I think most anime art is very poorly done and yet it retains a massive niche market of people who adore it. Take a look around DeviantArt.com -- self-portraits of moody teenage girls are a dime a dozen, and I'd love to play a drinking game to find all the pictures that have some combination of hearts, music notes, and close-ups of words on book pages. One photographer is especially well-known and well-loved and all he/she does is draw faces on inanimate objects like food and take a picture, run a few Photoshop filters, and posts it. These things did not start out as commodities, but the audience gobbled them up, so the artists started producing more like them. Who can blame them? Many artists -- the majority I might dare to say -- care to some extent what their audience thinks of their work. Many artists want to be successful. They want money. If their audience loves what their doing, why wouldn't they continue to do it and why wouldn't others seek to emulate them to get in on some of it too?

The real issue I have with this statement, however, is your assertion of what art should be. That is an entirely subjective statement for an entirely subjective topic. There is no "supposed to be" in art. It's not supposed to be anything, and again, you can thank postmodernists for making it possible. Pre-postmodern art was considered what you could make with your own two hands...By contrast, now there are artists who have pissed in a bottle with the crucifix in it, collected their own bodily fluids in jars, vomited on canvases, masturbated under some floorboards, made rape tunnels, pulled scrolls out of their vaginas, simply wrote instructions on how to make their art and made other people assemble it, filmed themselves having sex, painted a canvas blue and hung it on a wall, put a mustache on the Mona Lisa...the list goes on and on. The fact that you dislike postmodernism is okay -- I hate it too -- but without a proper understanding of art history, it's hard to understand why it is and what greater purpose it's served for art as you know it today.

To bring this back around, even if video games had no artistic elements to them (they do), anything is art if you think it's art. If it sounds like a pretty crazy idea, it's because it is, but it's no less true. Art has already had this conversation long before any of us were born and ironically enough, by trying to elevate its own status in society, art destroyed any definition it had, which makes any attempt at trying to give it boundaries a lesson in futility. The only difference between a vacuum cleaner and a piece of art worth millions of dollars is a glass case.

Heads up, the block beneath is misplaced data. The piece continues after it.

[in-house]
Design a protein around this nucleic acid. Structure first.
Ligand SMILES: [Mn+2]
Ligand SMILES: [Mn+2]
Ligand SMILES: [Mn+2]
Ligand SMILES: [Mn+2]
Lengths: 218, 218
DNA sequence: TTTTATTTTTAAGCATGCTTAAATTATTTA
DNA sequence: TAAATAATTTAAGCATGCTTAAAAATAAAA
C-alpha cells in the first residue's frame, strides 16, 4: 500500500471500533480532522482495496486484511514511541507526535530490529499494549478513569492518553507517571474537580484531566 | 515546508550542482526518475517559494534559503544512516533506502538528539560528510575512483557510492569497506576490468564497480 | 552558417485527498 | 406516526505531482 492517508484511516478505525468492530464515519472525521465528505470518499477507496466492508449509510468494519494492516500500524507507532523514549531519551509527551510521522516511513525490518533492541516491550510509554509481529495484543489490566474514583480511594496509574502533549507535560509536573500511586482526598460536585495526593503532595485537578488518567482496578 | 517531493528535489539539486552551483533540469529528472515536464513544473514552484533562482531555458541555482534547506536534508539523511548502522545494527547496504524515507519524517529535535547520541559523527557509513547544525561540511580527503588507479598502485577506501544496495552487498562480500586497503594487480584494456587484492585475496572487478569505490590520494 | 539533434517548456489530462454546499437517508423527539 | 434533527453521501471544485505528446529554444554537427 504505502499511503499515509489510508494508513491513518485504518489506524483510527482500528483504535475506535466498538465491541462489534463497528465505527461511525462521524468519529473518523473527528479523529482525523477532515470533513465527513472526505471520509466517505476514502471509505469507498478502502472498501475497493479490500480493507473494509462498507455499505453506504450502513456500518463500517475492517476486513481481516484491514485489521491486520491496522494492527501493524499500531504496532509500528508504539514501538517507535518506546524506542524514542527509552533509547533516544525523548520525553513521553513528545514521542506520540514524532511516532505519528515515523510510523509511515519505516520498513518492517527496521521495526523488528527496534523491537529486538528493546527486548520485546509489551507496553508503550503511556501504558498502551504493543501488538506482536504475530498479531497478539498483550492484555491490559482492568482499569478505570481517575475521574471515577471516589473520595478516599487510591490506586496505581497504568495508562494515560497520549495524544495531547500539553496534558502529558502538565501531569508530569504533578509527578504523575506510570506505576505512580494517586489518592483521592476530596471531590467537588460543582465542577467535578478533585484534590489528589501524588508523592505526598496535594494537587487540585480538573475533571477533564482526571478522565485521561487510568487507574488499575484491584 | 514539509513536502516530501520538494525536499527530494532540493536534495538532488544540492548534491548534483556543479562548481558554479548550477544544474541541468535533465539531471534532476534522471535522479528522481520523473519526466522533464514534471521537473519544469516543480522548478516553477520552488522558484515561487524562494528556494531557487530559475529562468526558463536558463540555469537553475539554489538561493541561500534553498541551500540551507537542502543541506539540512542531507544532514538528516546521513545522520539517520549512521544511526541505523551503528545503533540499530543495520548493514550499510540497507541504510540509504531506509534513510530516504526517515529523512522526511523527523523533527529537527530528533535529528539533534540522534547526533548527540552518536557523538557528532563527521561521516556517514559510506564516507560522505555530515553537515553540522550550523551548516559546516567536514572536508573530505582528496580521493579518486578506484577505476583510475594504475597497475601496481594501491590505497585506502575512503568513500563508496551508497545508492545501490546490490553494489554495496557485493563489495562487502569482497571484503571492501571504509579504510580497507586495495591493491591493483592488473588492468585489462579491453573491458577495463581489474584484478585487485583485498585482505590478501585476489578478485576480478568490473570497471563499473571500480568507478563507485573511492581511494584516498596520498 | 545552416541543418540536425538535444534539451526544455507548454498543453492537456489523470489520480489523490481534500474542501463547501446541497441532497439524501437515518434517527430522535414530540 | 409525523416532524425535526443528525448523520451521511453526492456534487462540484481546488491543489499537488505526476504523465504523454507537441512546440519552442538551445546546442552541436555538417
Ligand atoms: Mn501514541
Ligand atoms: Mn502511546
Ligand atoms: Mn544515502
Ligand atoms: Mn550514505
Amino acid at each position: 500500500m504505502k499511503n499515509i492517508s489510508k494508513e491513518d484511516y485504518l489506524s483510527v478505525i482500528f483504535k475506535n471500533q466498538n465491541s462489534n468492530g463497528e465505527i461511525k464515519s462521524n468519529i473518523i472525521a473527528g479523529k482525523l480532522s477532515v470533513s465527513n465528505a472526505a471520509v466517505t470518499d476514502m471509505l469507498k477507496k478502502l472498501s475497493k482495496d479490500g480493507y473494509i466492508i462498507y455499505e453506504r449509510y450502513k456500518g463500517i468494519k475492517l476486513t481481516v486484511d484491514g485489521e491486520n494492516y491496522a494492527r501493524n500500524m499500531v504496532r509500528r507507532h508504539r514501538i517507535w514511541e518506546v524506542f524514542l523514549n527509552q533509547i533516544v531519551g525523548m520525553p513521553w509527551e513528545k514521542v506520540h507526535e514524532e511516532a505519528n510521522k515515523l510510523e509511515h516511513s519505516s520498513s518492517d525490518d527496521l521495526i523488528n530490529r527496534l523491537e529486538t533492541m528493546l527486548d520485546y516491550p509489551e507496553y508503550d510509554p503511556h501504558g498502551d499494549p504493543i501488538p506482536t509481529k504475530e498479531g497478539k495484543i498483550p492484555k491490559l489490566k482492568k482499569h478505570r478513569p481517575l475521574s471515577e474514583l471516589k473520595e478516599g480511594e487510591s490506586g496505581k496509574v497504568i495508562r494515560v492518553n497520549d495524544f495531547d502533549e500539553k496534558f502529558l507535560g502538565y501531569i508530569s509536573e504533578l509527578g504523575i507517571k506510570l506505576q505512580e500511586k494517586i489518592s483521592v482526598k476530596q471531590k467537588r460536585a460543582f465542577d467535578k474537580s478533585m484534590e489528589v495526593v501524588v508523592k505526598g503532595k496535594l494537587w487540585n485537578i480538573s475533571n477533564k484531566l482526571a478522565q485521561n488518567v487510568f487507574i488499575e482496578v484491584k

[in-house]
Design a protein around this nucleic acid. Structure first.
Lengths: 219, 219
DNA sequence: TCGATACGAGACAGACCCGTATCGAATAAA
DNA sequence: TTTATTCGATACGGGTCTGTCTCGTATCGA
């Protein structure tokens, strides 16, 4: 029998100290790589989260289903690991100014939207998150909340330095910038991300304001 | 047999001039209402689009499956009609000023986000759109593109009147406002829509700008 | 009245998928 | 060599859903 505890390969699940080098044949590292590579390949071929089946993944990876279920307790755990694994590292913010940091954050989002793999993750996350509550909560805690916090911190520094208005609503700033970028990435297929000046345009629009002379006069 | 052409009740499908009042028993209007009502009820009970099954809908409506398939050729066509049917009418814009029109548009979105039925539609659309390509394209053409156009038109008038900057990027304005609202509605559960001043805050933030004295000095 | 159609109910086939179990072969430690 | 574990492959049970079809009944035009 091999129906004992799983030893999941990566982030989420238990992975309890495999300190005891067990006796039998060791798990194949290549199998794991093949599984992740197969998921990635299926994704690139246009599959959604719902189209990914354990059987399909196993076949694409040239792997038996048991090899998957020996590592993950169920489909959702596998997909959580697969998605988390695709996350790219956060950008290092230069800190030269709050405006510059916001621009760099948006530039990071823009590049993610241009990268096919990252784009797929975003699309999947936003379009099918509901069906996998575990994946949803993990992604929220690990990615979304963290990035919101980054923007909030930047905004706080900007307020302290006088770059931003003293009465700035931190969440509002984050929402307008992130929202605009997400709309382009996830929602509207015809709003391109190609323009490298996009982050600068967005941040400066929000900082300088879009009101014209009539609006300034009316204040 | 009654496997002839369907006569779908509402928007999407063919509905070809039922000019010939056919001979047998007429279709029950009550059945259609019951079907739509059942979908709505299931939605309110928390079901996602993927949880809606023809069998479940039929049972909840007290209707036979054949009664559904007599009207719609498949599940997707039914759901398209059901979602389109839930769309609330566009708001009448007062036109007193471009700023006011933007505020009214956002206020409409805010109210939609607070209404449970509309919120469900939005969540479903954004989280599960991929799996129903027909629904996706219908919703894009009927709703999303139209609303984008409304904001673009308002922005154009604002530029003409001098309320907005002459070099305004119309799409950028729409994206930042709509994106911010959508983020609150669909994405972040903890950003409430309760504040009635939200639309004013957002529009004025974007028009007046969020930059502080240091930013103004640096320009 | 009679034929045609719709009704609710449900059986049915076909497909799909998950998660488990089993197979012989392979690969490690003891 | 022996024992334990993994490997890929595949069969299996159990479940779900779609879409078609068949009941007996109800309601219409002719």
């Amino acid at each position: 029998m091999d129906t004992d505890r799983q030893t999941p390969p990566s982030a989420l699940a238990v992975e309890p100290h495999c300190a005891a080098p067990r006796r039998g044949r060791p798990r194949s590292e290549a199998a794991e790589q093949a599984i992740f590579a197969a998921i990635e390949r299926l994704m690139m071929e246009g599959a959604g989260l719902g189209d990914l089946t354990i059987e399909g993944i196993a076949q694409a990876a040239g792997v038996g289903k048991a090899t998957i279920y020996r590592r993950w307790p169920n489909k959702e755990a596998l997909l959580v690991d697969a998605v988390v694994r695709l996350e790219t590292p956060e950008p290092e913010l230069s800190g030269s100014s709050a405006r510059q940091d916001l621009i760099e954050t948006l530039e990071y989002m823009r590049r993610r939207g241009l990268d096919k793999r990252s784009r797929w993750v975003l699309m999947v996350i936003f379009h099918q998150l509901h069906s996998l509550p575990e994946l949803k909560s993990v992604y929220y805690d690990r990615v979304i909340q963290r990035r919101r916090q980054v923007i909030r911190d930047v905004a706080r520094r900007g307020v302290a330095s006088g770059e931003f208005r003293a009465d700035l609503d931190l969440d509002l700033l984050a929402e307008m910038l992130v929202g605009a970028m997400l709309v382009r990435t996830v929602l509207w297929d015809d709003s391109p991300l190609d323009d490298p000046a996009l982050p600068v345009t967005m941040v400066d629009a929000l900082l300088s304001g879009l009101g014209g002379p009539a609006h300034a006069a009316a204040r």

Offline Oniya

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Re: Video Games are officially recognized as an Art form.
« Reply #61 on: May 31, 2011, 11:38:31 PM »
Just to clarify, I was the one who brought up Andy Warhol, specifically as a counter to the initial 'You can't call this art with a straight face' comment.  Obviously, people do consider Warhol an artist, but it doesn't make that picture any less a banana (or Magritte's famous piece a pipe - no matter what he says about it.)

Offline Noelle

Re: Video Games are officially recognized as an Art form.
« Reply #62 on: June 01, 2011, 07:13:42 AM »
But it wasn't a pipe at all! It was the image of a pipe. It's a tongue-in-cheek way of talking about reality, or what we consider it. A picture of a chair is not a chair, it's a picture, and yet we treat it as a symbol of a chair. There's a certain suspension of disbelief like when you become engaged in a book where, for a time, you imagine the contents of a painting to be real...The text is there to remind you that it's not. Ahh, the glories of modern art!

There are other artists more worthy of indignation than Magritte or Warhol, but that's the thing...they're artists all the same.